Building A Proactive Food Defense Strategy

Q&A: Building A Proactive Food Defense Strategy

 

Interview By Lindsey Coblentz, Associate Editor, Food Manufacturing

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Don Hsieh, Director of Commercial and Industrial Marketing, ADT Security Services

The Food Technology & Safety Exchange Show was held in Fort Lauderdale, Fla., from Nov. 6-8. Food Manufacturing spoke with Don Hsieh of ADT Security Services about the latest food safety trends from the event, as well as how food processors can take a proactive approach to food safety and defense.

Q: What progress has been made with the Food Safety Modernization Act (FSMA) in the last year?

A: Since the enactment of FSMA, two important new regulations have been issued by the Food and Drug Administration (FDA) under the new authorities granted to them under FSMA, and went into effect on July 3, 2011:

  • Administrative Detention of Foods:  Previously the FDA had the authority to detain food if there was “credible evidence” the food posed a threat of adverse health consequences. Now the FDA can detain food if they have “reason to believe that the article of food is adulterated or misbranded” for up to 30 days.
  • Prior Notice of Imported Foods: Requires food importers to inform the FDA if any country has refused entry to the same product, including food for animals, through the prior notice system for incoming shipments of imported foods.

The FDA has also published 2012 fee rates for certain domestic and foreign facility re-inspections, failure to comply with a recall order and for importer re-inspections. These fees went into effect on Oct. 1, 2011 and will remain in effect for one year. Fees are assessed for companies whose non-compliance results in FDA activities that require additional costs and fall outside of compliance rules and regulations. Previously, the FDA bore those costs.

Q: How can food manufacturers be more proactive when it comes to food safety?

A: The actions previously outlined clearly indicate that the FDA is being more proactive in protecting the food supply. “This authority strengthens significantly the FDA’s ability to keep potentially harmful food from reaching U.S. consumers,” said FDA Deputy Commissioner for Foods Mike Taylor. “It is a prime example of how the new food safety law allows FDA to build prevention into our food safety system.”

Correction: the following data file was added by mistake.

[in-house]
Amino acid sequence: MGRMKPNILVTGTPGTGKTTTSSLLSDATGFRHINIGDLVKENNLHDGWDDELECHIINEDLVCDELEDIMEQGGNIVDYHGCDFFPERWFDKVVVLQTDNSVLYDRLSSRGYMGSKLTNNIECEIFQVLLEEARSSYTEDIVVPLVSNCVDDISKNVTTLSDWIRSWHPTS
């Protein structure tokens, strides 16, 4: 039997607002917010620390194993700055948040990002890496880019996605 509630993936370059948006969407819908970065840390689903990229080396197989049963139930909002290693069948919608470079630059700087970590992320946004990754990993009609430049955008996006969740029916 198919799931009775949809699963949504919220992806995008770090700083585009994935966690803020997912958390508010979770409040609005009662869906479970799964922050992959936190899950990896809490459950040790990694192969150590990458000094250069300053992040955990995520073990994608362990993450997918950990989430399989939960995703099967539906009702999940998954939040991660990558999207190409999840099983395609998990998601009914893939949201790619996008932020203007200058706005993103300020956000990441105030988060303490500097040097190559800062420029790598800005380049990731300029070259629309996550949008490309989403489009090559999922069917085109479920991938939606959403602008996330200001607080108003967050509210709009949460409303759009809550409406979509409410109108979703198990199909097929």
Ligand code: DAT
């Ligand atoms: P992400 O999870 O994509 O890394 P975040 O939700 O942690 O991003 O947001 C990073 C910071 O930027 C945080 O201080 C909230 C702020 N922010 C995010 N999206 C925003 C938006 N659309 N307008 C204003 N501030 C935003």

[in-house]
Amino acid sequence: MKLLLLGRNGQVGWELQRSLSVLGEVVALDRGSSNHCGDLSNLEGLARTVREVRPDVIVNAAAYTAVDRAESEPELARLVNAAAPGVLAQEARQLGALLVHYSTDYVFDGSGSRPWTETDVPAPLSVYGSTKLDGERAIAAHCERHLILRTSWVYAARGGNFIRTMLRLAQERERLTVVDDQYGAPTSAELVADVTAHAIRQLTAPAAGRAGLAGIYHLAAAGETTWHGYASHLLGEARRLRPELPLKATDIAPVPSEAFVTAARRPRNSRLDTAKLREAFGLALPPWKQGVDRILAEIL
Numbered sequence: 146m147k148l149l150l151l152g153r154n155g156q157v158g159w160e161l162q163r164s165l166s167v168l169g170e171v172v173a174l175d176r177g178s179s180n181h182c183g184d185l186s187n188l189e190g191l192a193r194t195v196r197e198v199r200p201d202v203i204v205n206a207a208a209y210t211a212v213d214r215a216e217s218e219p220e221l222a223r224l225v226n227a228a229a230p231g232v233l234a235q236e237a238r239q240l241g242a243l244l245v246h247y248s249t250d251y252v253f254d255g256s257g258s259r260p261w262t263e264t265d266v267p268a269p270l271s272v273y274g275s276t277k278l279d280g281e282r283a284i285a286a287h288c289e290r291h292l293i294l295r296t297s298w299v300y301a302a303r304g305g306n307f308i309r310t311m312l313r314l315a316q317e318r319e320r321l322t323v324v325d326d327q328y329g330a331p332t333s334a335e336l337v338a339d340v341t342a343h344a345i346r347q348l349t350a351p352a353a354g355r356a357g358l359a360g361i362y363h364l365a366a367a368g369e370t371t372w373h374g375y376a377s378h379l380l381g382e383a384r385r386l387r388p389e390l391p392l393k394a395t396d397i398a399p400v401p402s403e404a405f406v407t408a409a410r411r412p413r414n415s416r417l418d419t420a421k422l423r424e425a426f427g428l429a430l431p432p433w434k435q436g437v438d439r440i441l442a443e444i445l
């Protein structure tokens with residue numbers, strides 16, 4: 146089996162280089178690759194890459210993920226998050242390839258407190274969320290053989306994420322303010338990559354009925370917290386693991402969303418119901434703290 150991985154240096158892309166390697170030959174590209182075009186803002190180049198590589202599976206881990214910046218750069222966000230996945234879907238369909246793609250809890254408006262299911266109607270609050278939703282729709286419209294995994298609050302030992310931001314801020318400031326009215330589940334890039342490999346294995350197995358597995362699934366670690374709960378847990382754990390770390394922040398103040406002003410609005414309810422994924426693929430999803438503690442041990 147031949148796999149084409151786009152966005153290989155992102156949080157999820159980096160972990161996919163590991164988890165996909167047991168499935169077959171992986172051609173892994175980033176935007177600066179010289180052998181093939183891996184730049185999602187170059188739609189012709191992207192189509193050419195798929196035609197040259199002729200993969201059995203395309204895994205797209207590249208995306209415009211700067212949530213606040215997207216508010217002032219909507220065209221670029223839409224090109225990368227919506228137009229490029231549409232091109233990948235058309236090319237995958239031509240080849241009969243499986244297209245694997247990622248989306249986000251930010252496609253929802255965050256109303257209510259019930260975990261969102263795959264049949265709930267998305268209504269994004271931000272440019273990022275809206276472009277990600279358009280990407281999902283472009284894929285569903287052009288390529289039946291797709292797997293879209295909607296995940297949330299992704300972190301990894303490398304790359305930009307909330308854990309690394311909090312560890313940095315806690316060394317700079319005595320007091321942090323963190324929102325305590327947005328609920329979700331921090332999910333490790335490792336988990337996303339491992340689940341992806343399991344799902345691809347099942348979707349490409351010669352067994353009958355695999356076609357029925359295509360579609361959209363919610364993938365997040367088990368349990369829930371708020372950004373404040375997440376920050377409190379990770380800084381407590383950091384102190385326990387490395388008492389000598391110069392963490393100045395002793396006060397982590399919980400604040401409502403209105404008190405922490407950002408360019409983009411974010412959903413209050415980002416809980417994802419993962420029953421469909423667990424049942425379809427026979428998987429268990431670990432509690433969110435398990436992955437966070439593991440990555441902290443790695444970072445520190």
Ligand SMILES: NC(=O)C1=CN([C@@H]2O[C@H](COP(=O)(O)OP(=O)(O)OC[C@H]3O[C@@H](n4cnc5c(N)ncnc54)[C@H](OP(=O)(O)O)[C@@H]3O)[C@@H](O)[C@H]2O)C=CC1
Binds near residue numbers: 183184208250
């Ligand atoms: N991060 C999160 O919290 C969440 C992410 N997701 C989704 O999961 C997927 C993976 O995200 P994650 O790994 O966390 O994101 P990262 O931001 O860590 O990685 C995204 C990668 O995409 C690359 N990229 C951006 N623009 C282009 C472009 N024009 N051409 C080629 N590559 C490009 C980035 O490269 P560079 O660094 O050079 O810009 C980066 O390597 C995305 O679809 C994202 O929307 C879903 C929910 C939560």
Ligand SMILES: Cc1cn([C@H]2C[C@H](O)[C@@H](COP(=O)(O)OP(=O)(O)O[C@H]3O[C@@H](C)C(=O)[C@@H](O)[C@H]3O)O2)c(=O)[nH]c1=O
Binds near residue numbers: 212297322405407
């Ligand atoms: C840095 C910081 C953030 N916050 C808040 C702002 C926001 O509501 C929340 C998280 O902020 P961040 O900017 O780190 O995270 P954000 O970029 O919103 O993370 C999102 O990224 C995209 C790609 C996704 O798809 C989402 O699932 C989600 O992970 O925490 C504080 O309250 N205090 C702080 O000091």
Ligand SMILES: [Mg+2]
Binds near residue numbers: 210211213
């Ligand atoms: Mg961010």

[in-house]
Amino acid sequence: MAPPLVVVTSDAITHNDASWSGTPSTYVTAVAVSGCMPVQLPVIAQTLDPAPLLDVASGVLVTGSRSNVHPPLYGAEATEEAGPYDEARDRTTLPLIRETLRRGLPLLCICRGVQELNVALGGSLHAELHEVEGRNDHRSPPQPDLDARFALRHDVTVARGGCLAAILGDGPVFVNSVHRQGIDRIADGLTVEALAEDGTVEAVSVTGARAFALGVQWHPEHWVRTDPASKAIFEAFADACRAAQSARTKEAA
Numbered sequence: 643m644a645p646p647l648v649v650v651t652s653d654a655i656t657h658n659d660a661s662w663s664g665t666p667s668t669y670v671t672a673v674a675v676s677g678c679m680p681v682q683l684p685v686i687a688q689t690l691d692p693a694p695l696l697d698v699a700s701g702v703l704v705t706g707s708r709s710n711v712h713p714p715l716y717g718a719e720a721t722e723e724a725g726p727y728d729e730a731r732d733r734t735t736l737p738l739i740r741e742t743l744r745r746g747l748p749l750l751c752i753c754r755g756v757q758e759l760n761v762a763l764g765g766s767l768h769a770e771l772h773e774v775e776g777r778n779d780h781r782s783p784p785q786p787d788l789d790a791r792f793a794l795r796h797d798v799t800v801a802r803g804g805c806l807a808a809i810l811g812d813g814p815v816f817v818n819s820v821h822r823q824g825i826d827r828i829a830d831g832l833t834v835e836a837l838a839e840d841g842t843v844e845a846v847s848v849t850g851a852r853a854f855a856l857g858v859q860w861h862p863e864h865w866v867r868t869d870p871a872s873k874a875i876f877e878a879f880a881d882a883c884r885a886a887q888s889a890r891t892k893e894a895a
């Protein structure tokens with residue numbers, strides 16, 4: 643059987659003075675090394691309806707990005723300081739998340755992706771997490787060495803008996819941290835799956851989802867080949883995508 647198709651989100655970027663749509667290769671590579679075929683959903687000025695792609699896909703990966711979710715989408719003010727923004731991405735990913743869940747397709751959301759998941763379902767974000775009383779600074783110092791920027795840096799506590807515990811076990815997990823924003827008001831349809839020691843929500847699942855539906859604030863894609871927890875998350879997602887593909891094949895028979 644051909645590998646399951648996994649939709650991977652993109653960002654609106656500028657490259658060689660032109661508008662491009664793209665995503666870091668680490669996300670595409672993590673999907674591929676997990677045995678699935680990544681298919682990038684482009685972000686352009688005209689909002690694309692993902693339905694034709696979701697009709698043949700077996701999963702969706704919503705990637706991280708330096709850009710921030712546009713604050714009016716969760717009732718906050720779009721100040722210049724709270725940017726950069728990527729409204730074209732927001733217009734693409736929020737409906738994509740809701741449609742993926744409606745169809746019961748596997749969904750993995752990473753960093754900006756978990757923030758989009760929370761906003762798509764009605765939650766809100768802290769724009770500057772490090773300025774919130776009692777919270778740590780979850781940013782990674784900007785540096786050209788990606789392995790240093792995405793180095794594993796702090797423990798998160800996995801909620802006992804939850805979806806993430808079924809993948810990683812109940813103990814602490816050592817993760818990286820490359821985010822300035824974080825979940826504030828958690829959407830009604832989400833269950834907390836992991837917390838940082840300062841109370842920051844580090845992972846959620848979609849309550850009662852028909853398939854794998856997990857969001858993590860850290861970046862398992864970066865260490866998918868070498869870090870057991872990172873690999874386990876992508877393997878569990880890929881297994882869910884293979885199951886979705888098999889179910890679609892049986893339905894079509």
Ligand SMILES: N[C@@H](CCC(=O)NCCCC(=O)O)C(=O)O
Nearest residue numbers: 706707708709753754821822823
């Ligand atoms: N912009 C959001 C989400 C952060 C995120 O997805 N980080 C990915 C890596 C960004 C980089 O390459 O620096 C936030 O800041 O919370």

Food manufacturers can also be more proactive by assessing all aspects of their food supply chain. The fact is that, unfortunately, threats to food safety and/or a contamination crisis can threaten a company’s brand and come from anywhere. To be proactive, food manufacturers should determine if they have the capabilities today to gather all the actionable intelligence they need to protect their brand from threats to their food supply chain.

Q: What should processors consider when developing a Food Defense strategy?

A: There are four key pillars to a proactive Food Defense strategy that processors need to consider. :

  • Assess: Vulnerability assessment of Critical Control Points
  • Access: Allow only authorized staff access to Critical Control Points
  • Alert: Continuously monitor Critical Control Points to alert appropriate individuals of intentional and unintentional instances of food adulteration
  • Audit: Determine operational and regulatory compliance to best food defense practices and provide documentation of compliance to FDA

The 4As listed above provide a blueprint to the industry to apply best practices when developing a strategy, and are a great way for processors to focus their resources. A good tool to get started is the FDA’s Food Defense Mitigation Strategies Database.

Q: What were some food safety trends that you noticed at this year’s Food Technology & Safety Exchange show?

A: Fifty percent of FDA recalls in the last 60 days were related to issues with allergens, so there was special attention paid to best practices around allergen controls. Proper separation of materials and personnel to prevent cross-contact of allergens and the ability to monitor compliance with those procedures were important considerations to minimize, and hopefully will eliminate this issue.

Q: What can companies do to better ensure food safety throughout their supply chains and their processes?

A: Key areas companies can focus on to enhance supply chain security are shifting to real-time tracking and monitoring of products and remote video auditing:

  • Move to real-time tracking and monitoring of products as they move through the supply chain by taking advantage of GPS and sensor technologies
  • Ensure operational compliance to their food safety procedures throughout their widespread operations by taking advantage of remote video auditing capabilities. Remote video auditing will enable you to consistently monitor compliance at all times versus only when their plant auditors are verifying compliance with a checklist on a clipboard.

 

 

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